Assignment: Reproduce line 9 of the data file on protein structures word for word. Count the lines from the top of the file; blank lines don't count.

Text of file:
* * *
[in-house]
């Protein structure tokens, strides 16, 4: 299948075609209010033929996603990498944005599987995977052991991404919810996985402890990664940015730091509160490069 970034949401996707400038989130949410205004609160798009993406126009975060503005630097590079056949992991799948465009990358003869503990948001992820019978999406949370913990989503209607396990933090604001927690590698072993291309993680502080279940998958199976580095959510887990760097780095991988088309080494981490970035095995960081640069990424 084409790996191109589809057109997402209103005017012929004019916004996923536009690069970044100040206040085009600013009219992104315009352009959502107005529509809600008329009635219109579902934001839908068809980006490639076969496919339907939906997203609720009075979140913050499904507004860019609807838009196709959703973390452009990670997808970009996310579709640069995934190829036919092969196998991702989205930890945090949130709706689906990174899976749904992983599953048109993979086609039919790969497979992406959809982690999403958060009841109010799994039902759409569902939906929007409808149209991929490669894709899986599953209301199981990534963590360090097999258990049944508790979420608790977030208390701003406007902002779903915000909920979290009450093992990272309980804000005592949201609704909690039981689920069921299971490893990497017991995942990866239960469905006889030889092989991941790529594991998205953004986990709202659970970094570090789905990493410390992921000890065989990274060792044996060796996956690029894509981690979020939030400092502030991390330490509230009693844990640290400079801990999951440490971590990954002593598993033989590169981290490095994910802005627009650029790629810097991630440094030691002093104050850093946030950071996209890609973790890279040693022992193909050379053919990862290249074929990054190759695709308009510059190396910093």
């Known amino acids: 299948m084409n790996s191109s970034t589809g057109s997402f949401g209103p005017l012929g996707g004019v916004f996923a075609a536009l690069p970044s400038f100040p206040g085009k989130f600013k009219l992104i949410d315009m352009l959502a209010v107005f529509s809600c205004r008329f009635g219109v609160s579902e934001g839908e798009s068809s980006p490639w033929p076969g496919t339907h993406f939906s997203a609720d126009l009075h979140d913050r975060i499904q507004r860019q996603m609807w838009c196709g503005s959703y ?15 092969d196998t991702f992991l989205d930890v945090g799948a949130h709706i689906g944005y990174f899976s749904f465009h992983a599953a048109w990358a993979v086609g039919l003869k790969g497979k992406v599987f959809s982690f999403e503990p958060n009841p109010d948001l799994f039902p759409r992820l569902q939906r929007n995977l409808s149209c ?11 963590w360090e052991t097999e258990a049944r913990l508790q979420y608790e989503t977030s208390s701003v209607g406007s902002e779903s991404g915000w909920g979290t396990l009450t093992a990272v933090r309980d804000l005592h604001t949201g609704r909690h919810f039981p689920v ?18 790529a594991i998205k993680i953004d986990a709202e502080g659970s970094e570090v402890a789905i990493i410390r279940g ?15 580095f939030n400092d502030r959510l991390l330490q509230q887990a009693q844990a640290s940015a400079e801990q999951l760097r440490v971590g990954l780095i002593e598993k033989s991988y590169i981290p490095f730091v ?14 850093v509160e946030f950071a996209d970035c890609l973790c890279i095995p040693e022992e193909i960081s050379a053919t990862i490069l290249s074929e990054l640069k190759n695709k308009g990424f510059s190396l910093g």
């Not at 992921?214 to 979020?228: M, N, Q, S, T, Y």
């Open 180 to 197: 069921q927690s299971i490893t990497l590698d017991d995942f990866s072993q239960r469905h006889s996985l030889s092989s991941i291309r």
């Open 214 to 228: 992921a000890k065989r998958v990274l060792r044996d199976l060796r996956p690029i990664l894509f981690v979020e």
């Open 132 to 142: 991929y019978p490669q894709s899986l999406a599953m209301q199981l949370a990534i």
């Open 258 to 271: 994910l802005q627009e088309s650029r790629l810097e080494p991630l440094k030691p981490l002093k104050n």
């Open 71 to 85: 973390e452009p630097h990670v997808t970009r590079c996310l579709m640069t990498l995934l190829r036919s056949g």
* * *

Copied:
């Open 71 to 85: 973390e452009p630097h990670v997808t970009r590079c996310l579709m640069t990498l995934l190829r036919s056949g």